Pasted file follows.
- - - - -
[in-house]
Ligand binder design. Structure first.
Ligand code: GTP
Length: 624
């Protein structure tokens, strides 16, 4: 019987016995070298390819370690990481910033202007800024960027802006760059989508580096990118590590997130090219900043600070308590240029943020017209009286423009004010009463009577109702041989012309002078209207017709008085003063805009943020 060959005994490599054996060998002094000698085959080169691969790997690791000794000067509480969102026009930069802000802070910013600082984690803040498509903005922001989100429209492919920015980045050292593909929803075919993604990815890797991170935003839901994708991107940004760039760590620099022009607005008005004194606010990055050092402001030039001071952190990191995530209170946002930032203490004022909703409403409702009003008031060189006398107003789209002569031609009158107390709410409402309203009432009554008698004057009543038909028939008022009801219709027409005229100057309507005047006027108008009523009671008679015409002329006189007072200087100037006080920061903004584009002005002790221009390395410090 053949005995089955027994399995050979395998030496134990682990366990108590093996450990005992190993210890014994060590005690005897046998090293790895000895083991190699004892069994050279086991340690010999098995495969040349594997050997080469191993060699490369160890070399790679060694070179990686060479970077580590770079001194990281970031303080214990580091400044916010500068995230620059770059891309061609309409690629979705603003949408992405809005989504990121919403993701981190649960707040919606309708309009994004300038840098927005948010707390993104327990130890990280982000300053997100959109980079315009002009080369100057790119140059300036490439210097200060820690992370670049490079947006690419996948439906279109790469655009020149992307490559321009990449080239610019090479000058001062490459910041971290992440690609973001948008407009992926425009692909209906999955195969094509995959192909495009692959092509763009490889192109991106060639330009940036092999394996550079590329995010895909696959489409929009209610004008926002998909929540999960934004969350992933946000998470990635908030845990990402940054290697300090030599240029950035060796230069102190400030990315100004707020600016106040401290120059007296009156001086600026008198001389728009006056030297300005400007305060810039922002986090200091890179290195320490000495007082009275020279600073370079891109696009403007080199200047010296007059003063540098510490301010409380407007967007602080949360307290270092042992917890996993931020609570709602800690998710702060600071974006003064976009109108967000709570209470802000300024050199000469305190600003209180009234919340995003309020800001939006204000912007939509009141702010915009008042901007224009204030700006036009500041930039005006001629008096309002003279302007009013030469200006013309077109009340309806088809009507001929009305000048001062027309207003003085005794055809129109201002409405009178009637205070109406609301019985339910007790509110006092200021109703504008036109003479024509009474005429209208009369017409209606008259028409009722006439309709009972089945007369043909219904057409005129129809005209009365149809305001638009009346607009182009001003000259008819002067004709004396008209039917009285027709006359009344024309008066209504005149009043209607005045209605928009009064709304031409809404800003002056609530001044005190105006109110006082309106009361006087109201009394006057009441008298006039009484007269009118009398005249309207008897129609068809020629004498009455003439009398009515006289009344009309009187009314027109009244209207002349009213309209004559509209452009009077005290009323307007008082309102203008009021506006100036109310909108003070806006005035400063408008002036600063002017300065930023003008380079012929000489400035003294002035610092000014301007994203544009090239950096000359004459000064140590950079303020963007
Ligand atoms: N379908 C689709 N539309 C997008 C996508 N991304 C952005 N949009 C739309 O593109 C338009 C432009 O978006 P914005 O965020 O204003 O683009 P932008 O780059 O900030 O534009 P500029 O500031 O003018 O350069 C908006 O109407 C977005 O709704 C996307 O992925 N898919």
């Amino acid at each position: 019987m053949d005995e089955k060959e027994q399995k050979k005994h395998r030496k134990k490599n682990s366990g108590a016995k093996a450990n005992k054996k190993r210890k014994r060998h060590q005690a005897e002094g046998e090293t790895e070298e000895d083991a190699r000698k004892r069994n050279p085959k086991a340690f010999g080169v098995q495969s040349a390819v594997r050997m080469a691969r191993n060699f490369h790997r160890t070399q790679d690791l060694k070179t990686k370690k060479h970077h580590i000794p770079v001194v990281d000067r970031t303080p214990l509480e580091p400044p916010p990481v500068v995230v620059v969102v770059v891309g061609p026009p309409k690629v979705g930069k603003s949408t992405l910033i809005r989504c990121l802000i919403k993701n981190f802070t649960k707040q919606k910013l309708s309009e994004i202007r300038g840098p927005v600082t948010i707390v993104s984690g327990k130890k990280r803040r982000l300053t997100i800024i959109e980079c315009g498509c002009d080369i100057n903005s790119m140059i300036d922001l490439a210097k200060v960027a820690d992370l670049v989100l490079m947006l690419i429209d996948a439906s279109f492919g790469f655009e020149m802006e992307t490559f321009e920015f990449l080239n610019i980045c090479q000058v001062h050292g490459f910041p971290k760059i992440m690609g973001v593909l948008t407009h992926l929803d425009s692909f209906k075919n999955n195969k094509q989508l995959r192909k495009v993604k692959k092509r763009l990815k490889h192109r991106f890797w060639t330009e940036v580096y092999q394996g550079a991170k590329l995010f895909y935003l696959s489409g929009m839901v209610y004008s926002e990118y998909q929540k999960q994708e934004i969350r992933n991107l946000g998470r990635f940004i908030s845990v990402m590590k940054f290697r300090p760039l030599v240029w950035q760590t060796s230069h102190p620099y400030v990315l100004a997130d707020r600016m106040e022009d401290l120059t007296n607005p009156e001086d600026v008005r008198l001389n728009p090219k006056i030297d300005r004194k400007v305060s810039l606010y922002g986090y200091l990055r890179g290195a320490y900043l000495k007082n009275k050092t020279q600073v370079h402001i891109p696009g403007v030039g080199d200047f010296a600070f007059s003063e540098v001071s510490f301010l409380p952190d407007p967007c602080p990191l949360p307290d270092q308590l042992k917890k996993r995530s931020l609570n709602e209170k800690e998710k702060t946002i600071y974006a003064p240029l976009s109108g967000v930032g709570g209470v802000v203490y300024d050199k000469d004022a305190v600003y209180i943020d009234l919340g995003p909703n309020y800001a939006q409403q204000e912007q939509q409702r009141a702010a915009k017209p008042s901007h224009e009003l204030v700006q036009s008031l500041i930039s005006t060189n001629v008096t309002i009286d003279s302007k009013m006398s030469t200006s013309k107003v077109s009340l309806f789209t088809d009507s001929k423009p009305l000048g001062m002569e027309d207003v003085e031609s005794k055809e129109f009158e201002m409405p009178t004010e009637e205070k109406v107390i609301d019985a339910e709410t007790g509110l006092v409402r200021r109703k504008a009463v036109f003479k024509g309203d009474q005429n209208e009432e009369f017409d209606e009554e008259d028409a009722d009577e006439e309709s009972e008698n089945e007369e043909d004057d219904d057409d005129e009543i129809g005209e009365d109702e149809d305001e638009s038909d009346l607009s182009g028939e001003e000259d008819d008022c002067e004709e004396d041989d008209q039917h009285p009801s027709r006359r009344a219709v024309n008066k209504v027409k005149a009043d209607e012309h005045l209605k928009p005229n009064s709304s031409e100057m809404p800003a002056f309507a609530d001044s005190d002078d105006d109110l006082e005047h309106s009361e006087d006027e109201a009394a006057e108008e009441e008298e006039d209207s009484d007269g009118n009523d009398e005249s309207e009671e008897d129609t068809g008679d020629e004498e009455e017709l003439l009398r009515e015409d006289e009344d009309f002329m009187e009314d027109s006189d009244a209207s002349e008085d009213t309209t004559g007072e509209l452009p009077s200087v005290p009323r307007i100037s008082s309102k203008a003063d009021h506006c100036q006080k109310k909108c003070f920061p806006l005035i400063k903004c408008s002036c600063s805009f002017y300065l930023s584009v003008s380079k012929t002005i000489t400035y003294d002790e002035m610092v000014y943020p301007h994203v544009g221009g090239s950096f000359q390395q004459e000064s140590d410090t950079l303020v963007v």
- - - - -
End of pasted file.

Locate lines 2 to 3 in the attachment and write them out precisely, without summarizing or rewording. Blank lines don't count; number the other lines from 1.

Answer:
Ligand binder design. Structure first.
Ligand code: GTP